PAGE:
WGA-Alexa fluor 633 was excited at 633 nm. In Bodipy/ethidium homodimer colabeling experiments, Bodipy was excited at 488 nm and fluorescence collected at 500�C550 nm, and ethidium was excited at 561 nm and fluorescence collected at 570�C650 nm. Image processing and analysis. The image analysis algorithm is illustrated in Supplemental Fig. S4 (Supplemental Material for this article can be found on the AJP-Endocrinology and Metabolism web site). Typically, 20�C30 z-sections, 5 ��m apart, were collected at 400 Hz, resulting in individual image dimensions of 1,550 �� 1,550 ��m. For high-resolution imaging, images were collected at 1-��m intervals.

Leica ��lif�� stacks of images were opened with the LOCI plug-in data browser and analyzed in Image J as follows. The stack of images was projected onto a single flat image (z-project, sum slices) containing integrated pixel intensities of the z-stack Entinostat (Supplemental Fig. S4A). The regions of interest (ROI), corresponding to cell boundaries, were drawn manually (ROI manager). Cells with poorly defined boundaries were excluded from analysis (Supplemental Fig. S1A).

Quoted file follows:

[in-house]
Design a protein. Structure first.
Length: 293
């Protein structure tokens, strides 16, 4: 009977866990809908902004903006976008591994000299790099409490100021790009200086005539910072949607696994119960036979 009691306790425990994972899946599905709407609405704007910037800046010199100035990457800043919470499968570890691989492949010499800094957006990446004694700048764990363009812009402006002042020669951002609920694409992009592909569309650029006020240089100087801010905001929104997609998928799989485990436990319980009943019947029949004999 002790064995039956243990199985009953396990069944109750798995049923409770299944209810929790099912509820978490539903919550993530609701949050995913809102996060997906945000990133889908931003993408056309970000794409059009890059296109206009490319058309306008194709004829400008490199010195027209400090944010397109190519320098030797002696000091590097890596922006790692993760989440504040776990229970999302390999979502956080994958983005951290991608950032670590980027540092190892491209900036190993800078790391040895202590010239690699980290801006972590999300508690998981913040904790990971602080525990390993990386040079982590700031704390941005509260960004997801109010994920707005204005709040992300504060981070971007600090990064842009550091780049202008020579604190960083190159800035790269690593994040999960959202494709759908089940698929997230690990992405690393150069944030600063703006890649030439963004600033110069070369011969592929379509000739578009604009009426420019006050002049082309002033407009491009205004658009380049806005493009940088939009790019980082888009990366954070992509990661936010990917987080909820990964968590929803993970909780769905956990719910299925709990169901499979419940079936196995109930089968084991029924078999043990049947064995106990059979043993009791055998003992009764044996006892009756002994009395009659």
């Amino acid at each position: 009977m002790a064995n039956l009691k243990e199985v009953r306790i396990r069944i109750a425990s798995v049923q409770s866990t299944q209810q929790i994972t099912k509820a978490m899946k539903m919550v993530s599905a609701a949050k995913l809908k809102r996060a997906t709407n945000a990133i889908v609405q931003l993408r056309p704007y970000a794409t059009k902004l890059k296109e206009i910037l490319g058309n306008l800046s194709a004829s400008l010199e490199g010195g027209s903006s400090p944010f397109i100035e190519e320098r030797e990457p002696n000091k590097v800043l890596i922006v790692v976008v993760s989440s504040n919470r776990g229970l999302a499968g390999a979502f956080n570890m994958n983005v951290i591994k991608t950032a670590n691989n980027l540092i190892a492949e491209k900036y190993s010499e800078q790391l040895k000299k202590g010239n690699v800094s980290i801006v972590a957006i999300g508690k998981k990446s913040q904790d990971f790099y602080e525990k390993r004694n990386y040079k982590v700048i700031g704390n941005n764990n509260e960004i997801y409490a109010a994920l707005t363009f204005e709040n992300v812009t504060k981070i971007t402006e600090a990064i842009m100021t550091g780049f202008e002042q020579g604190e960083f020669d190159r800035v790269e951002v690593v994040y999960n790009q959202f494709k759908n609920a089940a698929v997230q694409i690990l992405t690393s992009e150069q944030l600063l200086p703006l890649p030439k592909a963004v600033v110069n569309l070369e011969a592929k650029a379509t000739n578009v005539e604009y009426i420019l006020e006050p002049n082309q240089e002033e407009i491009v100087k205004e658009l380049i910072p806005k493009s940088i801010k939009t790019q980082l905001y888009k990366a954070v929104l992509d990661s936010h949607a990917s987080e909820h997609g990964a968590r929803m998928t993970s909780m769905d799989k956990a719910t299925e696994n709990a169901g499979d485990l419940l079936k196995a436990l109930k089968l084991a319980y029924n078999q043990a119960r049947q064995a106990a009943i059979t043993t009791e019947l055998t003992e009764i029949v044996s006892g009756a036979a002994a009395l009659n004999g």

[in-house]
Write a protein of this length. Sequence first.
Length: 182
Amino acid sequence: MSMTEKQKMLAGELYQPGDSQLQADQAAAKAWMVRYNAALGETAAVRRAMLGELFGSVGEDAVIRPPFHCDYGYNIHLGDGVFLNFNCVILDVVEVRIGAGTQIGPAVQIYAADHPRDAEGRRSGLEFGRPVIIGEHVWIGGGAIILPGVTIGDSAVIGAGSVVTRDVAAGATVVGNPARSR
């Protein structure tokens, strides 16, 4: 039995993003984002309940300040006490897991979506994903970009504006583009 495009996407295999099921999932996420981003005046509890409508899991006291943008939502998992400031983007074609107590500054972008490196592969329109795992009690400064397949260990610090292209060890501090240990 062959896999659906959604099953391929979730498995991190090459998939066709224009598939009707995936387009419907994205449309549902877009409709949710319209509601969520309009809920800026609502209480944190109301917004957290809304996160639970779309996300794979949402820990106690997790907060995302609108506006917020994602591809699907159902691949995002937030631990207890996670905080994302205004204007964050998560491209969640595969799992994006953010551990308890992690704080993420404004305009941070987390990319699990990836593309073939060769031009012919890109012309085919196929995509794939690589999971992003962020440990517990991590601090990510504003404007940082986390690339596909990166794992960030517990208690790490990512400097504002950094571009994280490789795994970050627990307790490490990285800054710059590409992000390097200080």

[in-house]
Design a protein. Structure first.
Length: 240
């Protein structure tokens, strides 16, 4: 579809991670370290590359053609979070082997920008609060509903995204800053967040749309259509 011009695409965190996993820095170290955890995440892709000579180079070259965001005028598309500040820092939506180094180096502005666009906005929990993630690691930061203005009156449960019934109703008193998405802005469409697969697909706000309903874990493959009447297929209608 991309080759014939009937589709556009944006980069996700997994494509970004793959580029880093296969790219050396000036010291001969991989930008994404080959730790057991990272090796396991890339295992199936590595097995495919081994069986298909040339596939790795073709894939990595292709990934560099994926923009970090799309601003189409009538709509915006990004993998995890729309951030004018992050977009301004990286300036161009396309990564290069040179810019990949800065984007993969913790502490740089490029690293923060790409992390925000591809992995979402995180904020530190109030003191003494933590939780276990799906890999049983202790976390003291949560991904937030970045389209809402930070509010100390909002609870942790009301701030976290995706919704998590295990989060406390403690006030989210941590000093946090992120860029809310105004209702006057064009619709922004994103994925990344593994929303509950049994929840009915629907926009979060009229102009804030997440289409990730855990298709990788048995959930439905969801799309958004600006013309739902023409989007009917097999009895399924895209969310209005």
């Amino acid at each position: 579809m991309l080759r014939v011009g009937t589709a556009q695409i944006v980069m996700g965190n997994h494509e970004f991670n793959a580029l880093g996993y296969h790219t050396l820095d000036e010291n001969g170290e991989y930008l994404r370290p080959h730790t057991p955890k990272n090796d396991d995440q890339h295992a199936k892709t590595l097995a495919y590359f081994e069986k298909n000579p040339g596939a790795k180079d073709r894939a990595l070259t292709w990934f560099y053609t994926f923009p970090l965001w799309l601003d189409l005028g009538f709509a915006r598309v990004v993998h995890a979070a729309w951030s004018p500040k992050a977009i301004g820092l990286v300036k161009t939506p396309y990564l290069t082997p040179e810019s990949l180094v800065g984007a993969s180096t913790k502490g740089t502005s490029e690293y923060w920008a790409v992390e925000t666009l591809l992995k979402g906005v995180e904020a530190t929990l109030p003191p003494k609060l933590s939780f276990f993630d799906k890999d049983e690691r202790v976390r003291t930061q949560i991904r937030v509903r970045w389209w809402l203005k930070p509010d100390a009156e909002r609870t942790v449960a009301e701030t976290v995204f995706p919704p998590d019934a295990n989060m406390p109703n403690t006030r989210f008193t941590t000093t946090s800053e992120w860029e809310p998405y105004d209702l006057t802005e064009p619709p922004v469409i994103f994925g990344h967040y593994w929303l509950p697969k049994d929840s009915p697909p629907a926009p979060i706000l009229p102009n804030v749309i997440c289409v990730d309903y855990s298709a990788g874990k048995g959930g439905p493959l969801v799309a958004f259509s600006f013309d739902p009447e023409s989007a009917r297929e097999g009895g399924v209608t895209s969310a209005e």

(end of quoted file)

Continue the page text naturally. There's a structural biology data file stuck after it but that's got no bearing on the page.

This is coherent with the increased UPR activation observed in th

This is coherent with the increased UPR activation observed in the colonic tissue of active IBD patients, sellckchem whereas no increase was seen in the ileal tissue of active CD patients. In the ileum, ER stress is probably dictated by other local factors. The ileum contains a high number of Paneth cells, has an increased number of mucosa-associated E. coli and has a higher metabolic activity compared to the colon. This might contribute to a constitutive triggering of the UPR in the ileal mucosa, which is critical in maintaining homeostasis. The fact that inflammation does not further increase UPR in ileal samples either reflects that the higher basal levels observed can buffer some perturbations or reflect that the ileum is less sensitive to perturbations through inflammation.

This leads us to consider that the colonic mucosa is subject to a lower ER stress, with a significant increase in inflammatory conditions: from low basal levels of UPR, any induction is more uniform and more noticeable in this tissue. In order to determine whether the ileum could still respond to ER stress, paired colonic and ileal samples of five healthy controls were stimulated with tunicamycin, a well-known ER stress inducer [37], [38]. Both colonic and ileal samples revealed higher HSPA5 transcript levels in the tunicamycin stimulated samples. In addition, a higher induction was observed in the ileal samples. This would argue that the ileum rather lives on a higher basal ER stress, but can still induce strongly the gene response.